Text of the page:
My First Dogecoin PR (1835).

My first Dogecoin PR was the trivial seeming PR 1835.

I was looking through Operation Such Frensly for interesting work, and I started playing with the Qt RPC console to see what it would take to add a GUI to do the same work as the the RPC-style private key import.

I noticed the reference to bitcoinprivkey and decided to poke at the code to find where it was defined.

Although a tiny PR like this seems trivial and easy, finding the right place to modify things and successfully modifying them isn’t always easy. That’s why I like starting with small things like this, and why I recommend other people do the same.

To make this change, I had to search through the code to find where this help text appears. You can see from the PR it’s pretty much exactly where you’d expect. Use a tool like grep or ack or any of a dozen great code searching tools or IDE features to narrow things down.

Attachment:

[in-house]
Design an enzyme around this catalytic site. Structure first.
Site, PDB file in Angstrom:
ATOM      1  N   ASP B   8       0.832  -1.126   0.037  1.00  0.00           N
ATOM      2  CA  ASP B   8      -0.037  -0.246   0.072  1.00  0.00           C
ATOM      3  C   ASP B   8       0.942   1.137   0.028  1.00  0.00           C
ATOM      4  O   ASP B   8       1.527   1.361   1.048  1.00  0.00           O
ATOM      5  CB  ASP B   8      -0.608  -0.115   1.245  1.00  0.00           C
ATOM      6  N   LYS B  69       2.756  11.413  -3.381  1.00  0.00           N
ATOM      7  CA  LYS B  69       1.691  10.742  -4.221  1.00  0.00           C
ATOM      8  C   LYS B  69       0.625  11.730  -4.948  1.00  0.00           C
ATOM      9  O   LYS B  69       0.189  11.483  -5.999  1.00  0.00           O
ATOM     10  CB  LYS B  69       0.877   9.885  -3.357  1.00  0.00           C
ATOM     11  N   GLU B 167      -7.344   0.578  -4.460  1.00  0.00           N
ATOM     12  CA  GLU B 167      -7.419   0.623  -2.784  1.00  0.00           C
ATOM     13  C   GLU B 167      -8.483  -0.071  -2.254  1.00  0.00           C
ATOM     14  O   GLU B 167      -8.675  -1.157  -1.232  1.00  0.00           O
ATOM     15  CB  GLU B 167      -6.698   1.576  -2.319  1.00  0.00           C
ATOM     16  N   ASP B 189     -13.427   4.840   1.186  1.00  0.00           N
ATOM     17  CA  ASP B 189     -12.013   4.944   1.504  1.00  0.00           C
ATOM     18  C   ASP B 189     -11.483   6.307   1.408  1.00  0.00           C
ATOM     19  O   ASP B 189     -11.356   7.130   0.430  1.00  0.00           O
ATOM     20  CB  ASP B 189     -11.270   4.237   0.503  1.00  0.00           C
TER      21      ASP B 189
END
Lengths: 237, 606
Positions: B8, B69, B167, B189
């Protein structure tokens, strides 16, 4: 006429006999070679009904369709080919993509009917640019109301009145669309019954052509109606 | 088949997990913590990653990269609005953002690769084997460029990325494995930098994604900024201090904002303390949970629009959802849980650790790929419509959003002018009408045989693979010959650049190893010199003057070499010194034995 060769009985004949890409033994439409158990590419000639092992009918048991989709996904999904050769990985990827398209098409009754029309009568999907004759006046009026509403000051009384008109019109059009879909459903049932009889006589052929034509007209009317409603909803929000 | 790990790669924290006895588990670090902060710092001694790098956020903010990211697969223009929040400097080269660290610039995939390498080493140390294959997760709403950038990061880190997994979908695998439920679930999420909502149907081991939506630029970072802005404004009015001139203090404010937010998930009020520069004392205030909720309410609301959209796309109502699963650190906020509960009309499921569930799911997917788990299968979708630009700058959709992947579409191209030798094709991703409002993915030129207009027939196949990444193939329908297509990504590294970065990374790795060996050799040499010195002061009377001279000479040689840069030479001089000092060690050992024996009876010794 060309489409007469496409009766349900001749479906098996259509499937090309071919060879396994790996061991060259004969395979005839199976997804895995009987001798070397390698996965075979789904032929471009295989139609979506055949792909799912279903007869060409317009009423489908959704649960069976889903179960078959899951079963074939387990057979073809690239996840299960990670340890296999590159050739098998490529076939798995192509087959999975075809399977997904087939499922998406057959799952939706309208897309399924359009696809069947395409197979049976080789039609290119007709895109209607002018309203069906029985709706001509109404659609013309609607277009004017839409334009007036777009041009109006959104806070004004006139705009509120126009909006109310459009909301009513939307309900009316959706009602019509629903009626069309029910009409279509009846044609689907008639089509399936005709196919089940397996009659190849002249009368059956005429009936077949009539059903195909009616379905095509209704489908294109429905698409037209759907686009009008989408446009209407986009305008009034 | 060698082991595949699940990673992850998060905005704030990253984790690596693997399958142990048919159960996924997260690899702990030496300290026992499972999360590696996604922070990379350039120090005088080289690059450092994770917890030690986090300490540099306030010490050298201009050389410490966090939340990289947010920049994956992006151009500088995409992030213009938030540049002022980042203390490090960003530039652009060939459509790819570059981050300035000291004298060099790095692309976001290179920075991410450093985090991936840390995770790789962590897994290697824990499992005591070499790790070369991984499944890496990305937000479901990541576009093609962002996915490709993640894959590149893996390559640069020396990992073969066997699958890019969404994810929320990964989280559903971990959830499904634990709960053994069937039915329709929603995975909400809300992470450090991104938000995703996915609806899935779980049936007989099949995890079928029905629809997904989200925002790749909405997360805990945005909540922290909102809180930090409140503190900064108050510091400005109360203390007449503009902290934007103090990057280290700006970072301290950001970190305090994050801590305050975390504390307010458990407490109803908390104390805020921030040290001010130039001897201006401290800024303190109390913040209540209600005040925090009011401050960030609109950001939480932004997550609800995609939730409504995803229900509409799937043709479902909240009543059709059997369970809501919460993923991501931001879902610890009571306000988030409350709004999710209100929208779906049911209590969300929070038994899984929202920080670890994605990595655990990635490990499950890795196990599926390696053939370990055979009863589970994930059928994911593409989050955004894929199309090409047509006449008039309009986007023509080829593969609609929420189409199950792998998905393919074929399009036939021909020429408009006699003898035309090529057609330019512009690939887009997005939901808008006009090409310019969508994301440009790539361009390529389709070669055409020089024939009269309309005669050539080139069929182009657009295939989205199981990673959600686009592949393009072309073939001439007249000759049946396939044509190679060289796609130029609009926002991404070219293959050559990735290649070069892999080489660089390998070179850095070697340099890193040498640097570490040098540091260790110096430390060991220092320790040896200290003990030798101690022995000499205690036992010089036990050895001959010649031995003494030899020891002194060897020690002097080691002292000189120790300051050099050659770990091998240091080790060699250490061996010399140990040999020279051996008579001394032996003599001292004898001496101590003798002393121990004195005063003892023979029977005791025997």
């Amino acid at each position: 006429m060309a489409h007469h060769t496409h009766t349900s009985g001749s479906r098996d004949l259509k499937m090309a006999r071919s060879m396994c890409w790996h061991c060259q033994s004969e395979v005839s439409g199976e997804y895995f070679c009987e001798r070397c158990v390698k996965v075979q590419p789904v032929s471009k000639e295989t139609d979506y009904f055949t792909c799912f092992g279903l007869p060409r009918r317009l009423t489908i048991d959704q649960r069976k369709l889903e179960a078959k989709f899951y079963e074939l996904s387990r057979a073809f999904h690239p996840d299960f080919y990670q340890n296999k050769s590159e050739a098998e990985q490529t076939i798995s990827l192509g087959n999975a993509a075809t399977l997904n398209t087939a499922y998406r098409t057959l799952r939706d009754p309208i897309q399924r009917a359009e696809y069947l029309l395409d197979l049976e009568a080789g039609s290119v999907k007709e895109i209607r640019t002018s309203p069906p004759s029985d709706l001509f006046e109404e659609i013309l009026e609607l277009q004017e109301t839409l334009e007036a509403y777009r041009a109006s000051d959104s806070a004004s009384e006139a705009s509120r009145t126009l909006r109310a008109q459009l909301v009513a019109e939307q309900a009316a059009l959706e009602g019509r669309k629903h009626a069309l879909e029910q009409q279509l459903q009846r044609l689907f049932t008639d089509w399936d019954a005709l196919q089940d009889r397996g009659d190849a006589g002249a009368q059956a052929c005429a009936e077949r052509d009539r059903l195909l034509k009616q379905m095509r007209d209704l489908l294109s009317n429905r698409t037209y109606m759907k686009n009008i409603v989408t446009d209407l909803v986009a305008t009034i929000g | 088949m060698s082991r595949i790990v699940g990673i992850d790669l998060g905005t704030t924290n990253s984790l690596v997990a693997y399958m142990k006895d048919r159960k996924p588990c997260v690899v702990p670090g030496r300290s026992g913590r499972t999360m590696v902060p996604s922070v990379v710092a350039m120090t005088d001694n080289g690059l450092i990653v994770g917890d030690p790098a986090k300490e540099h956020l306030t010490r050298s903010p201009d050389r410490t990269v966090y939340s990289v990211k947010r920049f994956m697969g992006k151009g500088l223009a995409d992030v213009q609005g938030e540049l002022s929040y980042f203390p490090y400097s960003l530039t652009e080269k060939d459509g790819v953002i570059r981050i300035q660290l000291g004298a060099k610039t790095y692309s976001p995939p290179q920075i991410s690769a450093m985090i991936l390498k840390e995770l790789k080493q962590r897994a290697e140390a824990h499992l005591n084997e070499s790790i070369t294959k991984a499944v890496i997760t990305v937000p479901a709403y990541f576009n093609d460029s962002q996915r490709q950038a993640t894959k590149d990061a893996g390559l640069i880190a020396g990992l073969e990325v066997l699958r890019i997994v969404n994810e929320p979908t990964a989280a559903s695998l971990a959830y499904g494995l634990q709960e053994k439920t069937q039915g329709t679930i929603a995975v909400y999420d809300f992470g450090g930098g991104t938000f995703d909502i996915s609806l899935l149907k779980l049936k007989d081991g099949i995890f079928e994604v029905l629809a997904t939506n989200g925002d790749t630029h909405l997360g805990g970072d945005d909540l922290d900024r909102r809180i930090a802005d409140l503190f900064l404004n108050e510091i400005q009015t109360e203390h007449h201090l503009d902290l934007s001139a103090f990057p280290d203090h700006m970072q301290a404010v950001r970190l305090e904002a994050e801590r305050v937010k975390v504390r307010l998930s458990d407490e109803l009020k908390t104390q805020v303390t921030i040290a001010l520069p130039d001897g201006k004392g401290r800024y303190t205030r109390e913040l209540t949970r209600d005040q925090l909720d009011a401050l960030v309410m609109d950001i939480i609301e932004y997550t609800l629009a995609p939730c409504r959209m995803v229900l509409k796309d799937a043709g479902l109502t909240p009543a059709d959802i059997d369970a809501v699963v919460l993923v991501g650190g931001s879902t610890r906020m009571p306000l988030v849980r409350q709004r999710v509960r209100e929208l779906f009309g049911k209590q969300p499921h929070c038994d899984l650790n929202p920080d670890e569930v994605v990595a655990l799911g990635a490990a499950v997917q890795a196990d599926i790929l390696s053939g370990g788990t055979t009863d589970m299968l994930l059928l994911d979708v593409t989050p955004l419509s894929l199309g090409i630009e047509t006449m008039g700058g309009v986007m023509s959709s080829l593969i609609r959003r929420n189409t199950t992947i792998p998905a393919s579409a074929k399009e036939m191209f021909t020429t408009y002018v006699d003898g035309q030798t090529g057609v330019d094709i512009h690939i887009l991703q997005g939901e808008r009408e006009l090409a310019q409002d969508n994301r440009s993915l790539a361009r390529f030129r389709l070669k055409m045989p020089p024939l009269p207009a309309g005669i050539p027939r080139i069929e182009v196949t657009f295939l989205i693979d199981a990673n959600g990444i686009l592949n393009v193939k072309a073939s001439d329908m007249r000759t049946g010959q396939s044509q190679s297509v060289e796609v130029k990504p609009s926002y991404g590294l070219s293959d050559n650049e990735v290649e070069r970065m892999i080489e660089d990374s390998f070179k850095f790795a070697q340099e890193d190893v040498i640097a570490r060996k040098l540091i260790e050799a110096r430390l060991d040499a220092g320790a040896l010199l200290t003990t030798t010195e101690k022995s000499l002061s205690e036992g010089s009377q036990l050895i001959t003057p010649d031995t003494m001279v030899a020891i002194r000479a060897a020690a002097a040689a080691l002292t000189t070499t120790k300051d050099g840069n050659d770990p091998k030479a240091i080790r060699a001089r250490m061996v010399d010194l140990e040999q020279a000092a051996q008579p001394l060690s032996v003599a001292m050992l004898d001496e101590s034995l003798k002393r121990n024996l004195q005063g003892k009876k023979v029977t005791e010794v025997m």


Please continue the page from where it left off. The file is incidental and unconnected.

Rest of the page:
Because sometimes these help messages can be autogenerated, I wondered if I’d have to read a bunch of code to find the source, but I was fortunate in that this text occurred only once. Another benefit of searching the entire codebase is to see if this phrase occurs elsewhere, but it didn’t.

In situations like this, where text gets displayed to users, a PR may need to include updates to make translations possible. You can see this in other PRs, especially when they touch the Qt GUI. In that case, you need to do extra work to make sure that the translation system knows to look for translated text. (I’ll cover this when I discuss another PR.)

What did I learn here?

After this PR, I had a good sense of the code structure around the help text of RPC commands and I had confidence about navigating the code that implements RPC commands. Patrick’s code review comments reminded me to set the target branch to the correct branch for development (Dogecoin 1.14.4 when I submitted the PR), which is a little detail I sometimes forget.

It was very heartening to get something tiny like this reviewed and applied in a day. That always encourages new contributors, and it gave me more motivation to continue on with my Operation Such Frensly tasks.